A minute of inconsequential boxing passed. Then, somewhere between the 88th and 89th second of the fourth round, Lennox Lewis unleashed what his trainer would later call "one of the most beautifully executed combinations in the history of boxing" and the buzz became the sound of a Rock cracking.
The two fighters scuffled nasty, and to the floor, during the taping of a television show. Rahman had made comments about Lewis' sexuality. Lewis had branded Rahman a clown.
Rahman needed to prove that he wasn't a flash in the pan.
Lewis needed to regain his title or, at age 36, face retirement.
So, going into the weekend, Rahman-Lewis II had taken perfect shape: The strong, smartly tailored, soft-spoken British champion who called himself a "pugilist specialist" against the bragging, brawling Baltimorean in 'do rag and sweats who called himself The Rock.
And the setting was ideal. Can there be a more suitable place in America for this brutal sport's biggest show than the freaky Vegas Strip?
Mandalay Bay is a three-winged golden tower rising from an architect's idea of a sprawling palace of colonial Burma, with terraces of palm trees and waterfalls and a fake 11-acre "lagoon." Inside, the huge carpeted and tiled spaces are devoted to gambling of every conceivable form, hip restaurants serving "world food" - one with a huge, high-rise wine cellar and a "wine angel" who scales it by rope to fill an order - and bars filled with young to middle-aged men and women on the make, on the prowl, on the hustle.
Men wear black T-shirts and tight jeans, or home-boy sweats and heavy jewelry. Women wear halter tops, tube tops and sometimes almost no tops. They come to get matched, married, loaded or rich. They arm-wrestle an army of slots, shoot craps, play poker and blackjack and baccarat, and they bet on sports. They drink and throw chips all night and go to bed just before dawn.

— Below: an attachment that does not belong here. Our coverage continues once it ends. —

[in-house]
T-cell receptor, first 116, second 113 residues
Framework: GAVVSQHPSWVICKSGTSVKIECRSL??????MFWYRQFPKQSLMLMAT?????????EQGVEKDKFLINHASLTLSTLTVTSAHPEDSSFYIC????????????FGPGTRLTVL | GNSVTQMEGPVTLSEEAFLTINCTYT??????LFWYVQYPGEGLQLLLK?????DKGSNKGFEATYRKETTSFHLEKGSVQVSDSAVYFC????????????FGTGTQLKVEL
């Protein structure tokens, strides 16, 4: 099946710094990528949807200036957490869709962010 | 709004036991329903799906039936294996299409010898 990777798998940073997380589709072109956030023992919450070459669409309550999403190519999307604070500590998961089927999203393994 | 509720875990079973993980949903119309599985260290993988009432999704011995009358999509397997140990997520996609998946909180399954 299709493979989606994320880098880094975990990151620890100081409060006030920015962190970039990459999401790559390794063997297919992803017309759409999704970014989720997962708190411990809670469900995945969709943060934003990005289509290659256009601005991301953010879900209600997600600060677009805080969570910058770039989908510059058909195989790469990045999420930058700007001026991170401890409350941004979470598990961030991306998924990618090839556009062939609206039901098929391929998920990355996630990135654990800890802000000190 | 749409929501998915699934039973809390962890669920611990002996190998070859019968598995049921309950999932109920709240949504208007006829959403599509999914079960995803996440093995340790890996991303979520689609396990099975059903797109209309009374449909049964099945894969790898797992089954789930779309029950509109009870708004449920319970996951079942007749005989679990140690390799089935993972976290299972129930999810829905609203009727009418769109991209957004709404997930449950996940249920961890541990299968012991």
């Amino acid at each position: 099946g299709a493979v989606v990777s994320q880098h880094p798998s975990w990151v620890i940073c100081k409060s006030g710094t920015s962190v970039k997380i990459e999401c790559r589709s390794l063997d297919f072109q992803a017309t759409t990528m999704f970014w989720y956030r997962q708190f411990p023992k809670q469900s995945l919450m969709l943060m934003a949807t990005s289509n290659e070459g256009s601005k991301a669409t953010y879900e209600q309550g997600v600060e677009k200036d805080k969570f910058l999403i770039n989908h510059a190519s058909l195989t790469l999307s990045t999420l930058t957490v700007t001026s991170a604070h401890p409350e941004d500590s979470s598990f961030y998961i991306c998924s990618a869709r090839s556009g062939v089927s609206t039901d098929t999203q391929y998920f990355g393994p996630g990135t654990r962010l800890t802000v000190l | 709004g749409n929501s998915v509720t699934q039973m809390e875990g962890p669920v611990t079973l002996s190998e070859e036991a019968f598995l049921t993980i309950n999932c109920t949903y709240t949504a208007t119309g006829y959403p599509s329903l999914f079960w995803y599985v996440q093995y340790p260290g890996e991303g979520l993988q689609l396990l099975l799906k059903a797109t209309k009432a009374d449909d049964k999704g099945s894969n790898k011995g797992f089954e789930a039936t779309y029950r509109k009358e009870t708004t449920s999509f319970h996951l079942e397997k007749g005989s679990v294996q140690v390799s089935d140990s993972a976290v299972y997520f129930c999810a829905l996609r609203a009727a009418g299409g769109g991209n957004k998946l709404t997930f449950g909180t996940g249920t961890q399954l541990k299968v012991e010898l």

"This place is fake from the architecture to the boobs," said Baltimore lawyer Billy Murphy, as he stood in a swirl of people near the lobby of the Mandalay. "The finest places here were created for the sole purpose of getting the maximum number of people to give up the maximum amount of their money through gambling. It's a place where people come to indulge every sin imaginable ... It's not my cup of tea. I'm here for the fight, and I'm out of here."
Murphy, who represents promoter Don King, was heading out to deliver to friends the 14 tickets he had to the fight.
By Saturday evening, genuine Sugar Daddies -- moneyed men escorting exotically dressed women half their age -- and other high-rollers had moved into the casino for some action before the fight. "People are playing blackjack with $500 chips," observed Stash, the 98 Rock deejay who came for the fight, among the few from Baltimore. "There's a $1,000-minimum table and people are just chuckin' it down. It's crazy. ... I saw Cuba Gooding Jr. in there."
The march to the Event Center, connected to the hotel but a long walk from its ornate lobby, started about two hours before Rahman-Lewis II, with hotel security setting up barricades on one of the large concourses of polished black stone leading to the arena.
This created the effect of an opening-night runway, with lines of gawkers on both sides getting an eye feast: Loads of bleach-blond women with L'il Kim and Britney Spears hairstyles and cleavage exposure, women in mink halters, ostrich boas, leather slacks, tight dresses with Hong Kong slits, and at least two in black see-through lace things barely the size of a chapel veil. Among the males: A cream-colored suit with matching derby; a retro-'70s outfit with Super Fly lid; an electric-blue, silk crepe zoot suit; and a frat-brat reunion in tuxedos and armed with large cigars.
There were enough celebrities to fill a squadron of Lear jets. Drew Carey came through, sans eyeglasses and surrounded by women, and he was followed by Mark McGrath, lead singer of Sugar Ray; baseball greats Reggie Jackson and Dave Winfield, former NFL quarterback Warren Moon, comedian Tom Arnold, Friends star David Schwimmer, wrestler-turned-actor Tom "Tiny" Lister Jr., the singer Tone "Wild Thing" Loc, heavyweight legends Larry Holmes and George Foreman, and the actress Tara Reid. More Hollywood slipped into the VIP seats: Meg Ryan, Adam Sandler, Carrie Fisher, David Spade, Arnold Schwarzenegger and wife Maria Shriver, Joe Pesci and Sidney Portier.
Former heavyweight champ Evander Holyfield made it to the big show, along with tennis star Serena Williams, talk-show man Montel Williams, actress and director Penny Marshall, and the pop singer Jewel, who sang the national anthem.
"I saw Ian Wright," said a woman with a British accent named Stacey Levy. She'd come from London with a friend, Ian Sassoon. He was a Lennox Lewis fan who'd won a trip to the championship fight through a British newspaper contest.
Who's Ian Wright? Only one of Britain's soccer superstars, a former player for Arsenal. When his name was announced over the public address system in the arena, a wild cheer went up from the crowd - the first measure of the significant number of British citizens in the place. At least 2,000 of them had come to Vegas through Lennox Lewis' own agency, LL Travel.